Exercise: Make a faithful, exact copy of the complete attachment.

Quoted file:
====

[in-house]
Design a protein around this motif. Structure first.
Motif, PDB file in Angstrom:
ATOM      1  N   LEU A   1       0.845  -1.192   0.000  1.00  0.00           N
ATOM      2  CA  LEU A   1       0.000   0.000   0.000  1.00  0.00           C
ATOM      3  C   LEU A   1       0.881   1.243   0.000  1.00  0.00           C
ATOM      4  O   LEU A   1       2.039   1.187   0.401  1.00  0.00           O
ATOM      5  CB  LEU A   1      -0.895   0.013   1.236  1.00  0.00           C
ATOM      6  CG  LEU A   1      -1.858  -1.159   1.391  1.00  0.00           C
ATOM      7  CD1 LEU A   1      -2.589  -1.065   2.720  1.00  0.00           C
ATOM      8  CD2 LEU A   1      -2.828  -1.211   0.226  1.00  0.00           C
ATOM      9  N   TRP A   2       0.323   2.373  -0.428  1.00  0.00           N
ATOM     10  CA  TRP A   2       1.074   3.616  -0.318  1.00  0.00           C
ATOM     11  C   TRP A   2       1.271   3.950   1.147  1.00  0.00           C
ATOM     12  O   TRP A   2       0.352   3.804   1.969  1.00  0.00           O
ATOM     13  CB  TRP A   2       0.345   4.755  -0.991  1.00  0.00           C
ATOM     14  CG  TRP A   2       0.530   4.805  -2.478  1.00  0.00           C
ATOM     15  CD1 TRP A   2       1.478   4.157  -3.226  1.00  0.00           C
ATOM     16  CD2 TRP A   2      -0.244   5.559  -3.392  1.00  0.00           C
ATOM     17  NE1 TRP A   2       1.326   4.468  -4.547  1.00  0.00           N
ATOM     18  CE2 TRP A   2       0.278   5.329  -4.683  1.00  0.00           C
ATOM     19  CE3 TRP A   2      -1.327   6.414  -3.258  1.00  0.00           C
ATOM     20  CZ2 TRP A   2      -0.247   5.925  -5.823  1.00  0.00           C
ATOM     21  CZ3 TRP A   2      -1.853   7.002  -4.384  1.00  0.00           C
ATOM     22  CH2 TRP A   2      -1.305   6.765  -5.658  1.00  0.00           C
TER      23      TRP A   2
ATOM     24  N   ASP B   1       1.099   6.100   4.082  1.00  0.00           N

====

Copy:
[in-house]
Design a protein around this motif. Structure first.
Motif, PDB file in Angstrom:
ATOM      1  N   LEU A   1       0.845  -1.192   0.000  1.00  0.00           N
ATOM      2  CA  LEU A   1       0.000   0.000   0.000  1.00  0.00           C
ATOM      3  C   LEU A   1       0.881   1.243   0.000  1.00  0.00           C
ATOM      4  O   LEU A   1       2.039   1.187   0.401  1.00  0.00           O
ATOM      5  CB  LEU A   1      -0.895   0.013   1.236  1.00  0.00           C
ATOM      6  CG  LEU A   1      -1.858  -1.159   1.391  1.00  0.00           C
ATOM      7  CD1 LEU A   1      -2.589  -1.065   2.720  1.00  0.00           C
ATOM      8  CD2 LEU A   1      -2.828  -1.211   0.226  1.00  0.00           C
ATOM      9  N   TRP A   2       0.323   2.373  -0.428  1.00  0.00           N
ATOM     10  CA  TRP A   2       1.074   3.616  -0.318  1.00  0.00           C
ATOM     11  C   TRP A   2       1.271   3.950   1.147  1.00  0.00           C
ATOM     12  O   TRP A   2       0.352   3.804   1.969  1.00  0.00           O
ATOM     13  CB  TRP A   2       0.345   4.755  -0.991  1.00  0.00           C
ATOM     14  CG  TRP A   2       0.530   4.805  -2.478  1.00  0.00           C
ATOM     15  CD1 TRP A   2       1.478   4.157  -3.226  1.00  0.00           C
ATOM     16  CD2 TRP A   2      -0.244   5.559  -3.392  1.00  0.00           C
ATOM     17  NE1 TRP A   2       1.326   4.468  -4.547  1.00  0.00           N
ATOM     18  CE2 TRP A   2       0.278   5.329  -4.683  1.00  0.00           C
ATOM     19  CE3 TRP A   2      -1.327   6.414  -3.258  1.00  0.00           C
ATOM     20  CZ2 TRP A   2      -0.247   5.925  -5.823  1.00  0.00           C
ATOM     21  CZ3 TRP A   2      -1.853   7.002  -4.384  1.00  0.00           C
ATOM     22  CH2 TRP A   2      -1.305   6.765  -5.658  1.00  0.00           C
TER      23      TRP A   2
ATOM     24  N   ASP B   1       1.099   6.100   4.082  1.00  0.00           N